Osborne Wade allegedly took a 6-year-old boy into a garage to molest him and stabbed him to death in 1992, authorities say.
For a few years, they say, Wade, 42, walked the earth free, while an innocent man rotted in prison for what happened.
But in May, Wade — locked up for failing to register as a convicted murderer who stabbed a man to death in 1994 — gave a videotaped confession to killing the boy, prosecutors say.
He wanted to do one more thing: apologize.
So Wade wrote letters to the family of Lindsey Murdock, the boy he killed, and to Mark Maxson, who spent more than two decades behind bars for a crime he didn’t commit, prosecutors said.
Representatives of the Murdock family and Maxson said they haven’t received letters yet.
“There could be no greater tragedy that I’ve seen in my 14 years on the bench,” Cook County Judge James Brown said at Wade’s bond hearing Wednesday, ordering him held without bail. “It’s beyond belief this kind of situation could happen.”
Wade told authorities he saw Lindsey in an alley on the Far South Side in the summer of 1992 and took him to an abandoned garage to molest him and stabbed him with a long object he found in the garage, Assistant Cook County State’s Attorney Ethan Holland said.
Wade was previously arrested in the Nov. 4, 1994 stabbing death of Joseph Stephens, who was 18. Wade pleaded guilty and was sentenced to 22 years in prison in April 1997, court records show.
On May 1, 1997, he unsuccessfully tried to withdraw his plea, saying, “I do not deny being the one who committed the fatal act, but I did not intend for death to be the result of my actions.”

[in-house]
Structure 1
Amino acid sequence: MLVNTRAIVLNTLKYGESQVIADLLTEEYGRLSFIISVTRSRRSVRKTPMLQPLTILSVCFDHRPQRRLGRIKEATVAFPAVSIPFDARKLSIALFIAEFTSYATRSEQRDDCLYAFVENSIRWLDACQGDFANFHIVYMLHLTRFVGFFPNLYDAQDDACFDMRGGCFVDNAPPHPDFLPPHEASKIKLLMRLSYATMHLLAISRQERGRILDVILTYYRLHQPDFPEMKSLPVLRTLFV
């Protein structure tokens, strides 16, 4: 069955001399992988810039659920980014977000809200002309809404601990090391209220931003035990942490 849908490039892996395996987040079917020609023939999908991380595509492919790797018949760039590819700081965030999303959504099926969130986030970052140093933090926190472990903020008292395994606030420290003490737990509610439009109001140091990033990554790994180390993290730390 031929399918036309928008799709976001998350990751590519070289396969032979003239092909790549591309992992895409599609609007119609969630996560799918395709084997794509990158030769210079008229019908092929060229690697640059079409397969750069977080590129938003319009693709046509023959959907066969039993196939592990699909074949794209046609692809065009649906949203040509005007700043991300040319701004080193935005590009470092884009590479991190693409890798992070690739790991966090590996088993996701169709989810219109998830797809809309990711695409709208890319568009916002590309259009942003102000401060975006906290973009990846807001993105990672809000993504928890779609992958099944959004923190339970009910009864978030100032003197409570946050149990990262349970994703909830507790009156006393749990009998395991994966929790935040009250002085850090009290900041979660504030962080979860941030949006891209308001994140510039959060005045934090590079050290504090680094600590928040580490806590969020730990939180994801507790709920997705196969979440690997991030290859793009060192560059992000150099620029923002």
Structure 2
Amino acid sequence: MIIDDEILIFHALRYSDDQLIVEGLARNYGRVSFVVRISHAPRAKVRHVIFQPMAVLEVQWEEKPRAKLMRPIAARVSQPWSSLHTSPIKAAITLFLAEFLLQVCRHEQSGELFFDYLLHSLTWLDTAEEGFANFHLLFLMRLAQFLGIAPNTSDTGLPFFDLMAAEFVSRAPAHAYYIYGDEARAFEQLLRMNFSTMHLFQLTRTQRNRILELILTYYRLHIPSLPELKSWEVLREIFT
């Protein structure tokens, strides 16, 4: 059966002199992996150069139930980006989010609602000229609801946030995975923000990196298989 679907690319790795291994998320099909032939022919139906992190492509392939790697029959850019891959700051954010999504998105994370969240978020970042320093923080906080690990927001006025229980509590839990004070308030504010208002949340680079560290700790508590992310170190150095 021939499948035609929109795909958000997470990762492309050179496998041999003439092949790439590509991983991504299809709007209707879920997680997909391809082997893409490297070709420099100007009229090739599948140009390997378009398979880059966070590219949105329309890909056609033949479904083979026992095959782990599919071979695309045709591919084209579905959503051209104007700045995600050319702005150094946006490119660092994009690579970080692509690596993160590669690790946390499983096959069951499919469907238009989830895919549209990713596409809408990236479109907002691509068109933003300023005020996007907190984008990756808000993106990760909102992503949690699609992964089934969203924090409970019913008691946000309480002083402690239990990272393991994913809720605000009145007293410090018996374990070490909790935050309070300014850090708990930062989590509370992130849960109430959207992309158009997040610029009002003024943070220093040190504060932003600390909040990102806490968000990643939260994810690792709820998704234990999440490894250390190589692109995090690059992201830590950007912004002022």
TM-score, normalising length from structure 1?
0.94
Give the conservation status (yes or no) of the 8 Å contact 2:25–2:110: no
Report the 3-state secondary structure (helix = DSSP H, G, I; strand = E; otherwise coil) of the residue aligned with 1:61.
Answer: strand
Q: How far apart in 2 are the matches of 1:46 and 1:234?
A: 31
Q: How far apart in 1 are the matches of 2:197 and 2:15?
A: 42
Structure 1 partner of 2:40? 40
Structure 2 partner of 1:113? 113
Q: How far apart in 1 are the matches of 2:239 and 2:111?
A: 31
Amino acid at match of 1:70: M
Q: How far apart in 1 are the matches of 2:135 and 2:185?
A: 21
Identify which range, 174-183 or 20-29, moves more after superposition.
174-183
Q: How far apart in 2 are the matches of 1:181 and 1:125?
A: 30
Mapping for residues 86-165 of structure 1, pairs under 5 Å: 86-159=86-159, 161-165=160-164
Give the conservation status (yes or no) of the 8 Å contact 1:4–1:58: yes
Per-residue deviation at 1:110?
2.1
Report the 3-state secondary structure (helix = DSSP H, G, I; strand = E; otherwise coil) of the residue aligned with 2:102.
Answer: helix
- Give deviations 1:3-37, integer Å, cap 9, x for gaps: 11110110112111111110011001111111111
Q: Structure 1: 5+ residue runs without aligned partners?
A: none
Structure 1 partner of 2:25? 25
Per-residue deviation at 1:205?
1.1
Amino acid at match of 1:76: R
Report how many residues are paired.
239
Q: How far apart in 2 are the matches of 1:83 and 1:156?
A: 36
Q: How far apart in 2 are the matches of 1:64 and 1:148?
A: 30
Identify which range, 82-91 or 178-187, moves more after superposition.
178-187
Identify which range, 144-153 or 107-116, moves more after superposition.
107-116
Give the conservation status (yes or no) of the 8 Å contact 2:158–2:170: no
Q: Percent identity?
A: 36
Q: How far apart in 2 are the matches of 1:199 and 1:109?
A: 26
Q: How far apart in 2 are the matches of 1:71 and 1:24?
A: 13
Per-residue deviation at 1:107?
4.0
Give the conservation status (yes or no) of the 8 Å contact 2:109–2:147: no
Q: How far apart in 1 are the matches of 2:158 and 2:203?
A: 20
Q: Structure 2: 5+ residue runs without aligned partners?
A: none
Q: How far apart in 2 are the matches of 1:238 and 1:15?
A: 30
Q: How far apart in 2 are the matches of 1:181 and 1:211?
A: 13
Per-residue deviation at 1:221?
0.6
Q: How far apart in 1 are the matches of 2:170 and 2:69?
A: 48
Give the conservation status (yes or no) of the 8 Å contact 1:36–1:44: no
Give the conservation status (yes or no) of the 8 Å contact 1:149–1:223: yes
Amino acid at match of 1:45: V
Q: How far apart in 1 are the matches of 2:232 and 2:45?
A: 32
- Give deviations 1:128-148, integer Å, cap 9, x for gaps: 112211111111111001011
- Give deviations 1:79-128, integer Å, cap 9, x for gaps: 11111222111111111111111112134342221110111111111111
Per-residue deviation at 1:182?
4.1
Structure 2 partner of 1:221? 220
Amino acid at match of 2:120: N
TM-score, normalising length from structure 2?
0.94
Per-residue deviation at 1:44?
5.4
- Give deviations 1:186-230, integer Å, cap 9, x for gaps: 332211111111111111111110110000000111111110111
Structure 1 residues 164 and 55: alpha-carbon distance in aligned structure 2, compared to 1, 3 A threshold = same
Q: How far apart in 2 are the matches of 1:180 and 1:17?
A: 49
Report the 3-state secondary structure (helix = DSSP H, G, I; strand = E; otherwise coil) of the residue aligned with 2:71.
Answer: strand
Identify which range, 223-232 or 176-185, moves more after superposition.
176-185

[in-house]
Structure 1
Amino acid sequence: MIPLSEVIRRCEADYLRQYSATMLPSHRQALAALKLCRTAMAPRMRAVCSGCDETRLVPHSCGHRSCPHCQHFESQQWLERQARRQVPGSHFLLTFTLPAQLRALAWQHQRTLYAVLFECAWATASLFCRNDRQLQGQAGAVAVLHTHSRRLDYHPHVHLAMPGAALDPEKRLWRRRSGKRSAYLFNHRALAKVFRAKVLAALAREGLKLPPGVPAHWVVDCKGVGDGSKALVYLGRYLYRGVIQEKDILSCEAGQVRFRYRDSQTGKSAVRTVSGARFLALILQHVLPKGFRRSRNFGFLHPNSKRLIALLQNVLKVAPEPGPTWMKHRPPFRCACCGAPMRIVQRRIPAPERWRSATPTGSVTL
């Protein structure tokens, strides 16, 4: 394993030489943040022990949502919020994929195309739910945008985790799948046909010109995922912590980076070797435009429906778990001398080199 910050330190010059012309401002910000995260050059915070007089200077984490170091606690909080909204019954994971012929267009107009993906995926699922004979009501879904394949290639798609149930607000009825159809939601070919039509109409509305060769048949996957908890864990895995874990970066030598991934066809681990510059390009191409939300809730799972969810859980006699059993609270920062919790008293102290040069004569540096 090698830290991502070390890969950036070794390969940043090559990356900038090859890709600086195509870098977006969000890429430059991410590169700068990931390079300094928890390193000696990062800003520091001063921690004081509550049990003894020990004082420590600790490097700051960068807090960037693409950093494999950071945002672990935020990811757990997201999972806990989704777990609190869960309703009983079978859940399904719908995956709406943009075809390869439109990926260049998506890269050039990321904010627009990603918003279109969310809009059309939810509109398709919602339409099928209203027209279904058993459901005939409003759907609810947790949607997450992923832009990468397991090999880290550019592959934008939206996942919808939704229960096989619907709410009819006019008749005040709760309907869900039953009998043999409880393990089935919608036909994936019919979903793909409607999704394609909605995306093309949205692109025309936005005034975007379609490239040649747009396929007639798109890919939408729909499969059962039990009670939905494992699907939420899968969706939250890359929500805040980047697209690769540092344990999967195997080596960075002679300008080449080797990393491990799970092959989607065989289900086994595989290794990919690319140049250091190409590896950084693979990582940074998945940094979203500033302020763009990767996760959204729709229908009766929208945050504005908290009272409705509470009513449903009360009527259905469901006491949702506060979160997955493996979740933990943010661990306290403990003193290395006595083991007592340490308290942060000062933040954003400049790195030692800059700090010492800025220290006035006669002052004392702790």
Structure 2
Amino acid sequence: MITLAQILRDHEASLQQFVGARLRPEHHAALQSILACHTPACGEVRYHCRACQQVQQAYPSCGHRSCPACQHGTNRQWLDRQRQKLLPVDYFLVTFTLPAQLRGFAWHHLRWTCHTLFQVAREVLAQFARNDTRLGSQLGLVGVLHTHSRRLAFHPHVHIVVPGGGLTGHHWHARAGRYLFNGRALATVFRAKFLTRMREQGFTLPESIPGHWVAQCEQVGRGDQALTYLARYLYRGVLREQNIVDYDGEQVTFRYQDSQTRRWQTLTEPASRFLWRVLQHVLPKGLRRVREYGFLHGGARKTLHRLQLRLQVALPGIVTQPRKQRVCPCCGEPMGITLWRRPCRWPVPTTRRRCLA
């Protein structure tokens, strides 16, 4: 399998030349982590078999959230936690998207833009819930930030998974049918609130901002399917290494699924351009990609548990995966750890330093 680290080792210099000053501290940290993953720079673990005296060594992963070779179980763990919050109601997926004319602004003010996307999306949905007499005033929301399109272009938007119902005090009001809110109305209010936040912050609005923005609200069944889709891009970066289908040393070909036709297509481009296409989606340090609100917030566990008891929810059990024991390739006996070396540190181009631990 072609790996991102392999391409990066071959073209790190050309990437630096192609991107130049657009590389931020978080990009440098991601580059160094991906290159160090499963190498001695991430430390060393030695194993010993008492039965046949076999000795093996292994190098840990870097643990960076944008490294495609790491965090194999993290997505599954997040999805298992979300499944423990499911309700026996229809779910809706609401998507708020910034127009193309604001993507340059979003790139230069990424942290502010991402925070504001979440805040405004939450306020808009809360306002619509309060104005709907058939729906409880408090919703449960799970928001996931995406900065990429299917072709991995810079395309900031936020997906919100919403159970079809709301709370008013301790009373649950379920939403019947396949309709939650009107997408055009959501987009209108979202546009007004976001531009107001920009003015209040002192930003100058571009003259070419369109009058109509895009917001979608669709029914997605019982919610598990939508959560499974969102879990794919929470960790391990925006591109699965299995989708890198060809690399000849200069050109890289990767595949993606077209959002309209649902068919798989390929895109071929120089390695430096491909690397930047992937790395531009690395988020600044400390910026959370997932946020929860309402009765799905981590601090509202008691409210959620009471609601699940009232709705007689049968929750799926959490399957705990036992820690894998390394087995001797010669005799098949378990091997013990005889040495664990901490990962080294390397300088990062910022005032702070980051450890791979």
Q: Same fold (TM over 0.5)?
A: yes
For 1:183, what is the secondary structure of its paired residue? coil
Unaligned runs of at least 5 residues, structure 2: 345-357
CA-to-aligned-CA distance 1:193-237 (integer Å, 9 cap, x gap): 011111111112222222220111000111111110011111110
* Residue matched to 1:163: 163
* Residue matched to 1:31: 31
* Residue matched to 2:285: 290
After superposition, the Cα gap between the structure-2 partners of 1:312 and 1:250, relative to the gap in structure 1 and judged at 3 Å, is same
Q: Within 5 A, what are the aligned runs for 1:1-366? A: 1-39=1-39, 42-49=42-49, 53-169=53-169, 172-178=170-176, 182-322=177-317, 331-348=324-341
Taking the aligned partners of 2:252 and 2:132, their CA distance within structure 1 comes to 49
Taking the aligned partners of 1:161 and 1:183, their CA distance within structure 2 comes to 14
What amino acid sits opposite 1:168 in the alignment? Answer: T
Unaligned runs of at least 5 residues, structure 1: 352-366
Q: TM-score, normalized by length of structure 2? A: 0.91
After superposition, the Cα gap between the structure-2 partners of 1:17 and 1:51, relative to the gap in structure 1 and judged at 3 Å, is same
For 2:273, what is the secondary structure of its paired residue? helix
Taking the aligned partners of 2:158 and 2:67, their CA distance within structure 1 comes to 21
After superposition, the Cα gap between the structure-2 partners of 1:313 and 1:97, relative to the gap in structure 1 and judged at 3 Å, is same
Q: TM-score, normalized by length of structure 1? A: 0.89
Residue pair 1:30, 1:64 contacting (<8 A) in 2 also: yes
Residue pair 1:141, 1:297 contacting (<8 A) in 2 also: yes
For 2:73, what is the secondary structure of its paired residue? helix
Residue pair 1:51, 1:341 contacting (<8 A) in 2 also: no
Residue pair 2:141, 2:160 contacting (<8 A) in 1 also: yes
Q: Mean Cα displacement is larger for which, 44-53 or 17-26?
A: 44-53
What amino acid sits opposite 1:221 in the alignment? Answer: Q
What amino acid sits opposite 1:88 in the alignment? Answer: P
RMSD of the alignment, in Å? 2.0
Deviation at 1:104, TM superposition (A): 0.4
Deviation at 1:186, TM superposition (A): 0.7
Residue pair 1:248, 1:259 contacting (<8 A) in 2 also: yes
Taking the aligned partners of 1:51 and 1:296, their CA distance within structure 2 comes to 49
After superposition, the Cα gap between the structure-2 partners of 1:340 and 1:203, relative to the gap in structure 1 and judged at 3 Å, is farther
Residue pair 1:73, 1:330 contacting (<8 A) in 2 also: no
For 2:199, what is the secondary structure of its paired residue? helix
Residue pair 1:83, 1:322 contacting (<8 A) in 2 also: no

“Petitioner suffered from mental illness as a result of his crime and associated with taking another’s life, one of whom was nearly a family member and had lived with petitioner,” he wrote.
Wade allegedly killed Lindsey about two years before he killed Stephens.
Lindsey was reported missing on Aug. 29, 1992. His strangled and stabbed body was found the next day under debris and near his clothes in the garage in the 10700 block of South State.
At the time, Maxson told a TV reporter he bought potato chips for Lindsey at a liquor store and told him to go home on the day the child disappeared.
Police interviewed Maxson and said they were suspicious of his changing stories. Police said he confessed that he sexually assaulted and killed the boy in the garage after smoking crack and drinking beer. Detective Cmdr. Robert Beavers said Maxson thought that “by being helpful he would throw us off his trail.”
At Maxson’s sentencing in 1994, Judge Daniel Locallo said Maxson possessed a “malignant heart” and needed to be removed from society, even though Maxson insisted he was innocent and no physical evidence linked him to the crime.
Maxson continued to claim that detectives punched and kicked him during their interrogations and that he was coerced into giving a confession. In 2013, the Illinois Torture Inquiry and Relief Commission found Maxson’s allegations were credible.
Recent DNA testing showed that the blood found on Lindsey’s clothes did not match the child’s or Maxson’s. The DNA profile was submitted to a law enforcement database last year and revealed a match to Wade, authorities say. Earlier this week, prosecutors asked Judge Thaddeus Wilson to vacate Maxson’s conviction. Maxson was released from Stateville Correctional Center on Tuesday.
On Wednesday, Brown told prosecutors he didn’t want a repeat of a man spending two decades in a “cage” for something he didn’t do. The judge said the circumstances surrounding the case were tragic, given that a “young, innocent” boy was murdered “savagely” and lost his life; a man lost 22 years of his life in prison, and now, a convicted murderer was being charged with the slaying.
Lindsey’s father, Lindsey Murdock Sr., said the news that authorities now believe Wade was his son’s killer is leaving him emotionally drained.
He said the FBI recently came to his home and showed him a photo lineup to see whether he could identify Wade, who had lived nearby in 1992. Murdock said he couldn’t pick Wade out because he never knew him.
“I am living it over and over again,” he said. “I was just horrified finding out my son died. I went to the morgue to identify my son’s body, and they told me what was done to him. I am thinking about it again 24 hours a day.”